I robot to protect book.., p.10

I, Robot: To Protect Book 1, page 10


I, Robot: To Protect Book 1

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  Susan went with him without bothering to wonder where. He could have guided her to a slaughterhouse, and she would not have noticed. “Yes. Dr. Mandar. He’s coming down to see Starling.”

  Kendall’s hand tensed on her arm. He did not speak again until he had taken her into the charting area and sat her down on a chair in front of one of the larger computer screens. “You talked Dr. Sudhish Mandar into coming down to see a patient?”

  In an instant, all the residents in the staffing area, Stony, Kendall, Monk, and Nevaeh, were at Susan’s side, all talking at once.

  On demand, Susan told them the story of her conversations with the hospital’s greatest neurosurgeon. Monk clamped a hand to his mouth. Stony laughed. Nevaeh merely stared at her through widened eyes. Kendall nodded knowingly and spoke first. “I’d heard the way to gain surgeons’ respect is to stand up to them. I’ve just never had the gall.”

  Stony slapped Susan on the back. “Apparently, Susan has enough gall for all of us.”

  “A whole bladder full,” Kendall agreed, and the others laughed. “I once watched her decapitate a neurosurgery resident. Should have figured she could handle the most important one in the hospital.”

  Susan accepted the gibes good-naturedly, though she felt more nauseated than triumphant. She clutched her left upper abdomen. “At the moment, I think my gallbladder has boulders.”

  Chapter 8

  Susan spent the next hour spying on Sharicka Anson. So far, Susan had not spoken directly to the girl, nor had she introduced herself as the new resident. Once she did so, she would go on Sharicka’s radar and lose the opportunity to silently observe. Susan appreciated it when Sharicka roamed the halls or settled into the main room with the other children, as it gave Susan the chance to watch more closely from behind the one-way glass of the staffing area.

  Engrossed in watching Sharicka surreptitiously smear and rip posters and artwork on the walls in strategic places, Susan did not hear a newcomer enter the staffing area and walk up behind her.

  “Well, if it isn’t Dr. Susan Calvin, AOA.”

  Susan whirled to face Remington Hawthorn. He wore surgical greens and disposable covers on his shoes. He had the same emerald eyes she remembered, the chiseled cheekbones, his dark blond curls wild from the operating room hat. “Well, well, well. Dr. Remington Hawthorn, Neurosurgery.” She played it cool. “About time you got here.”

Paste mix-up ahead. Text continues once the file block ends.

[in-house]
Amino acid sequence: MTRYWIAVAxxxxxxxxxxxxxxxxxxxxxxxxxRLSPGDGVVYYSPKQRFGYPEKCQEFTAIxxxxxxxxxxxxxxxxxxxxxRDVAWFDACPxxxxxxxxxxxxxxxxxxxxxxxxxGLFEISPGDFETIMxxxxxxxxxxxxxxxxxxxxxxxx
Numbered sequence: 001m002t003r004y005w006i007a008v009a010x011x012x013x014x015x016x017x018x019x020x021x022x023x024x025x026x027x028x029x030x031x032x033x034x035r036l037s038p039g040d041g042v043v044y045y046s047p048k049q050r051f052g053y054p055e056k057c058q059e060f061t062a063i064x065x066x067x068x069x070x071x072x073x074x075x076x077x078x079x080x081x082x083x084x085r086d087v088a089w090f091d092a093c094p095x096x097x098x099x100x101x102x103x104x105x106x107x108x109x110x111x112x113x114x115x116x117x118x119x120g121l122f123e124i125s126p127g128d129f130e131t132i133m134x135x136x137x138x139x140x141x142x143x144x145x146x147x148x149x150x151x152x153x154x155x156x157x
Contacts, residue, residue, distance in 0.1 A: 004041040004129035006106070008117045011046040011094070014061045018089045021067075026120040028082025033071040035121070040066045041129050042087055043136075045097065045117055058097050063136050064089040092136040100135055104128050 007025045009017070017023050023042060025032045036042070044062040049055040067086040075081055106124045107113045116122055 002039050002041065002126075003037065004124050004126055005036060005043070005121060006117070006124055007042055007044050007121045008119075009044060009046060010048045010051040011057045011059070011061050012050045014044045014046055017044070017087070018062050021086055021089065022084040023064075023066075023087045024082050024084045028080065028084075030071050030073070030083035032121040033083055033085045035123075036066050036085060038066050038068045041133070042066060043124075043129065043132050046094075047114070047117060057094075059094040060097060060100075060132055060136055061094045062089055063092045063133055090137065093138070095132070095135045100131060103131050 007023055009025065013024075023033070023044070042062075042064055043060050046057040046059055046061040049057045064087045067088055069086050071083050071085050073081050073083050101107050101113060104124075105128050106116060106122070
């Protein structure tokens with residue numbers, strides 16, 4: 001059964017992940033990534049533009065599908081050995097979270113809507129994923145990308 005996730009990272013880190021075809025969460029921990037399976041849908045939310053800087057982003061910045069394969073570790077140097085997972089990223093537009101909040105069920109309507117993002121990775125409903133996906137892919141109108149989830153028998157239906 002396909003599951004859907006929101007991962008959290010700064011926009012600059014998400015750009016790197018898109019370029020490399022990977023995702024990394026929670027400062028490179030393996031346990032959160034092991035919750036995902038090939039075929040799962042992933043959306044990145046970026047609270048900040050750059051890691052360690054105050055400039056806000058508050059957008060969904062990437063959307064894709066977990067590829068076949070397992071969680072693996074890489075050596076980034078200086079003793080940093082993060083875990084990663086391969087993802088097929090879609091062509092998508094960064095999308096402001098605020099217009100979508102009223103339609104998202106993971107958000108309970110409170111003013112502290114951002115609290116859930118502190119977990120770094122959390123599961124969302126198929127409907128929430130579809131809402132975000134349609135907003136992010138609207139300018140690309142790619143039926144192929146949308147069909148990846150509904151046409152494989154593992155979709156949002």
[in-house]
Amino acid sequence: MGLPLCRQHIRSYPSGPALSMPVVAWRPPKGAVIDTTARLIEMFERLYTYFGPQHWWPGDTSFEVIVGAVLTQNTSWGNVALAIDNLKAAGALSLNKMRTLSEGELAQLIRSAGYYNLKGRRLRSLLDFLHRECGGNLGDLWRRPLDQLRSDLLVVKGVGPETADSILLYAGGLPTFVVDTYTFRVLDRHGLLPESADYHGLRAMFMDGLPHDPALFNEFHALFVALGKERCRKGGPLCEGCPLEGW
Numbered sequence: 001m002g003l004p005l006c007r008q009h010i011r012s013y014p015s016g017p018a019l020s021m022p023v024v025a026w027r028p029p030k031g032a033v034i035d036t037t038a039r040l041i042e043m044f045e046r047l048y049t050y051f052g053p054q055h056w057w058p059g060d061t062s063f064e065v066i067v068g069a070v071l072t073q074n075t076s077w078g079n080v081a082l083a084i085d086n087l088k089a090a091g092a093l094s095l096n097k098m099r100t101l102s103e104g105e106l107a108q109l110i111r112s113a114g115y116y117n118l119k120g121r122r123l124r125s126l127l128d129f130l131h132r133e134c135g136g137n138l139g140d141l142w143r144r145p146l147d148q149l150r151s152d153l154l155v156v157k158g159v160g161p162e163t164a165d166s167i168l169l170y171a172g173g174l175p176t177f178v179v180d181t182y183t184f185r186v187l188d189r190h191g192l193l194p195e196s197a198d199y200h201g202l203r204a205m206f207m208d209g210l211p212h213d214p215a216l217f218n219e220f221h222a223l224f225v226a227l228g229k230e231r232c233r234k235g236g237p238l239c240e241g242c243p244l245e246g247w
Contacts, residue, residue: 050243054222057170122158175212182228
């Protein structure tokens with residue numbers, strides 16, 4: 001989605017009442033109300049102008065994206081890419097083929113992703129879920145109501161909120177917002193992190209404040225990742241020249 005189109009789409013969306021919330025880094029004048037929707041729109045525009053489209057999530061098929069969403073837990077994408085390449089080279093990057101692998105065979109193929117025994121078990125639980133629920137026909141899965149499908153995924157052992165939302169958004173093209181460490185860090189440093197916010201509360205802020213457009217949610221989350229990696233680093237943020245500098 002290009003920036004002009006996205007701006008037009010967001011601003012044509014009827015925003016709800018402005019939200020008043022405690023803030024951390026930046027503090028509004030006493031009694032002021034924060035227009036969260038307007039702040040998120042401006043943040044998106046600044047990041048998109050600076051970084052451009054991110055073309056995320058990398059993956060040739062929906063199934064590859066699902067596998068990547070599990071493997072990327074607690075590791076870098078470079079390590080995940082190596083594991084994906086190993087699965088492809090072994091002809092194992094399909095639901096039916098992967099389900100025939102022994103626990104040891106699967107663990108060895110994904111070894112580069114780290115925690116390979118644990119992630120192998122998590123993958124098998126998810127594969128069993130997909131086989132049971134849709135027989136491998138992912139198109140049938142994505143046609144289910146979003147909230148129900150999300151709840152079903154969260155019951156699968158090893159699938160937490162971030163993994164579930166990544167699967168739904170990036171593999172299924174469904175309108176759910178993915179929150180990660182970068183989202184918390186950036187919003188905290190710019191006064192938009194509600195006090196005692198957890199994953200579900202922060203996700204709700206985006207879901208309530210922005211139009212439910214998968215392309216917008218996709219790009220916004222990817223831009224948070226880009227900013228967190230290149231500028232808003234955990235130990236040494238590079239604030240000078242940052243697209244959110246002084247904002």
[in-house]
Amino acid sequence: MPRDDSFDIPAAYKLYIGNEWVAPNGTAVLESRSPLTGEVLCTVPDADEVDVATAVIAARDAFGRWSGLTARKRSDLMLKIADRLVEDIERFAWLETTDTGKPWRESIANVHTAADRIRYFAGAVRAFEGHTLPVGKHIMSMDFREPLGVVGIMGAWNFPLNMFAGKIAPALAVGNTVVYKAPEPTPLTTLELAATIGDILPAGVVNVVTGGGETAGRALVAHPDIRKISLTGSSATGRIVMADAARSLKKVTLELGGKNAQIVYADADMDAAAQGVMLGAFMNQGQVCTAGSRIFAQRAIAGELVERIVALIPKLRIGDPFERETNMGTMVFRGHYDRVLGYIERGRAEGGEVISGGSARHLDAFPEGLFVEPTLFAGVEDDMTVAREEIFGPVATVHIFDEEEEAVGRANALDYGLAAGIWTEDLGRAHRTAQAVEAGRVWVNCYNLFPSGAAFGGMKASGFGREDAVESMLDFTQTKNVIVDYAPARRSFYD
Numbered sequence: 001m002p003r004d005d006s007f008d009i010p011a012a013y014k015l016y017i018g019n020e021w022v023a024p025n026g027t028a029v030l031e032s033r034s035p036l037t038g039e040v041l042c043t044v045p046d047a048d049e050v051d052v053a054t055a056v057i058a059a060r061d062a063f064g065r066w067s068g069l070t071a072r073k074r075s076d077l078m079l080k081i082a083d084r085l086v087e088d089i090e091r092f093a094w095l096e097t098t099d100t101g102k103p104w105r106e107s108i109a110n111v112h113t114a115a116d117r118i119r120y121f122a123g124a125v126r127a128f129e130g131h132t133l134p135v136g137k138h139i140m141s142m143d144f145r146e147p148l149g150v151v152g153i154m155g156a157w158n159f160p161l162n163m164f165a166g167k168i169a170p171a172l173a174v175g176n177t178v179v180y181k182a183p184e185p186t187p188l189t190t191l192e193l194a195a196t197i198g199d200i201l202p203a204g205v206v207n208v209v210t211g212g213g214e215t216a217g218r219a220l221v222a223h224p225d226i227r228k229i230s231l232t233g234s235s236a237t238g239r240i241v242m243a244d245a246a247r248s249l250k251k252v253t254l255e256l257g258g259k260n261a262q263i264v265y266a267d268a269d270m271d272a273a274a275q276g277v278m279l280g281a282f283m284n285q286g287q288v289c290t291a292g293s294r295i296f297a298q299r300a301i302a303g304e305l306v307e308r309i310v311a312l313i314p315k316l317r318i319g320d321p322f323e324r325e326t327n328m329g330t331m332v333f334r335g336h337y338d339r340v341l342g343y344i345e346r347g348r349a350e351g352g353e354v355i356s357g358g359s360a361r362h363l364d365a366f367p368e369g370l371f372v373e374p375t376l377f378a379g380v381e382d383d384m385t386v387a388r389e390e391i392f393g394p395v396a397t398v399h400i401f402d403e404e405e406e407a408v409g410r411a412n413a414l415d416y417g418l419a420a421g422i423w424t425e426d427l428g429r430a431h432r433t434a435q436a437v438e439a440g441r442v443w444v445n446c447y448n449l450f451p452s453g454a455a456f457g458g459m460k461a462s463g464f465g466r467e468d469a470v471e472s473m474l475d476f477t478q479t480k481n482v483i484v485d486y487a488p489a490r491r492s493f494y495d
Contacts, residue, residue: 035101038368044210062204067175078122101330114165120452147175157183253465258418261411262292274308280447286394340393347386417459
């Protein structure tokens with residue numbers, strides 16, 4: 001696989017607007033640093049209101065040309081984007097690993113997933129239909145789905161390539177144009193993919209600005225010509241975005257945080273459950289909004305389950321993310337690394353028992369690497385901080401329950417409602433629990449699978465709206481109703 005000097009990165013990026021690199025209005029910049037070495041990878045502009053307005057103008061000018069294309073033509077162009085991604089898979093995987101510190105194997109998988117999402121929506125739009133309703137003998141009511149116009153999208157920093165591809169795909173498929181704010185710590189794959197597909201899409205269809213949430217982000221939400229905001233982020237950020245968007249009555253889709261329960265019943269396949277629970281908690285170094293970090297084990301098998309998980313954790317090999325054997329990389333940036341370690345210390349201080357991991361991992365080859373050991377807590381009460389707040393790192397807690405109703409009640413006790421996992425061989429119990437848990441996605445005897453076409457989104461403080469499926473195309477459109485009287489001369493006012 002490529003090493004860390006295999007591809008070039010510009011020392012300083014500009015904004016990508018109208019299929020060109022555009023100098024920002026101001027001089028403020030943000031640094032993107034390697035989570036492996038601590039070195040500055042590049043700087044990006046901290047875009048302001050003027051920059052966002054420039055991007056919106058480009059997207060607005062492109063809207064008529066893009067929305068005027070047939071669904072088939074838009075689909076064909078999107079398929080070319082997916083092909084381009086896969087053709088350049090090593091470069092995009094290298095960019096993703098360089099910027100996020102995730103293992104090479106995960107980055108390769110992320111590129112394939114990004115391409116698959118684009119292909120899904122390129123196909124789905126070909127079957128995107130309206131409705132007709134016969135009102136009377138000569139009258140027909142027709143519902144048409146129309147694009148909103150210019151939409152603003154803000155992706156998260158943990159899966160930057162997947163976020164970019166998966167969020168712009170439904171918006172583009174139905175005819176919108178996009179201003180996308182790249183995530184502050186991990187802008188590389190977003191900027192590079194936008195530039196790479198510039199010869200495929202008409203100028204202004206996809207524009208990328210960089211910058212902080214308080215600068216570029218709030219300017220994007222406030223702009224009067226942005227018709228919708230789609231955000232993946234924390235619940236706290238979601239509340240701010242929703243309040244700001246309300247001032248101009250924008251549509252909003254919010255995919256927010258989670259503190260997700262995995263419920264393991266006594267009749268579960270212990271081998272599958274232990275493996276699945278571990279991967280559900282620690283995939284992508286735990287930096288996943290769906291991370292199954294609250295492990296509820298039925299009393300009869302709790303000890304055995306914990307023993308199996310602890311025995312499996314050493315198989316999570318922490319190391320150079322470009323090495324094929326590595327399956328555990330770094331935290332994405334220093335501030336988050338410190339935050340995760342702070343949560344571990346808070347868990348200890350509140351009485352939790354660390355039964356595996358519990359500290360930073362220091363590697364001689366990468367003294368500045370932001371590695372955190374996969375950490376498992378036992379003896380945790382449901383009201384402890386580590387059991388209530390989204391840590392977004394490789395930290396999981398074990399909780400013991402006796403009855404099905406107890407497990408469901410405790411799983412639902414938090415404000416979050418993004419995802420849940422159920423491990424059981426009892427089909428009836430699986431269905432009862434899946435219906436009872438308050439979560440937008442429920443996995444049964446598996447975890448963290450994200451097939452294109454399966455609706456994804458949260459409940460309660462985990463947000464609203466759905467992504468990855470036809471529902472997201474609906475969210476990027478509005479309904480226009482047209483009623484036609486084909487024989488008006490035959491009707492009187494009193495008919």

Remington glanced at his watch. “Less than two hours. That’s pretty good.”

  “Two years,” Susan corrected. “That girl has languished here because no one had the courage to face Sudhish Mandar.”

  “Except you,” Remington pointed out. “You have more balls than an eight-peckered billy goat.”

  Susan bridled at the half-assed compliment. “And you have the manners of that billy goat.” She passed him her palm-pross, with Starling’s chart at the fore.

  Remington set the palm-pross on the desktop, without looking at it. “I’m sorry, Susan. You’re right. I made a huge mistake downstairs; you’re as good a doctor as any of my colleagues.”

  “Damn right.” Susan did not know or care if she spoke the truth. “Do they teach you condescension in your rotations, or are cads just drawn to surgical subspecialties?”

  Remington gave the rhetorical question serious consideration before whispering conspiratorially, “Honestly, I think it’s a bit of both.”

  Susan could not help smiling. Her anger dissipated.

  “Give me a chance to prove I’m not as big a jerk as I seem.”

  “Fine.” Susan reached for the palm-pross again, but Remington caught her hand. He did it with such ease and accuracy, he had clearly played sports in college.

  “Over dinner. Tonight.”

  Startled, Susan stared. The media would have people believe men no longer competed with their women, that they did not discriminate against competence, intelligence, or strength. To judge by her own sparse dating experience, the media had it wrong. Susan was not beautiful in a flashy manner. She had thin, pale lips, and her blue-gray eyes could turn downright steely. She was too thin, like her father, with little in the way of curves. Nevertheless, she had balanced features, youth, and a reasonable amount of grace. At the residents’ conference, she had felt an immediate attraction to Remington, one that his arrogance had destroyed. Now he seemed sincerely ready to make amends, and she saw no reason not to give him a second chance. “All right. When and where?”

  Remington finally picked up the palm-pross. “We can leave from here. I’ll drop by when I’m finished.”

  Susan suspected she would complete her work before he did, if only because the hours of the operating room ruled his schedule. “What time do you usually get done?”

  “Six thirtyish?” It came out more like a question than a statement, as if he could change the time if it did not work for Susan.

  Susan knew she had no real power over Dr. Sudhish Mandar. Remington would finish when his attending gave him leave. “Can you meet me in the charting room?” She described the location of the first-floor hideaway. “It’s a nice, quiet place to get some research done.”

  “Works for me.” Remington saluted, then settled into the chair in front of the palm-pross, acquainting himself with Starling Woodruff’s history.

  A thrill of excitement passed through Susan, but she played it cool. Snatching up an unused palm-pross, she headed for the other side of the staffing area to document her observations on Sharicka Anson. If Remington Hawthorn had any questions about Starling, she felt certain he would find her.

  The charting room door opened at 6:43 p. m. Susan Calvin looked up from her conversation with Nate to a tall young man framed in the doorway. He wore pleated khakis with a green and white striped dress polo. A shower had softened and tamed his sandy hair so it hung down in loose ringlets. Despite his lean frame, she could not help noticing the masculine bulges of his arm muscles and chest. It took her a moment to recognize Remington.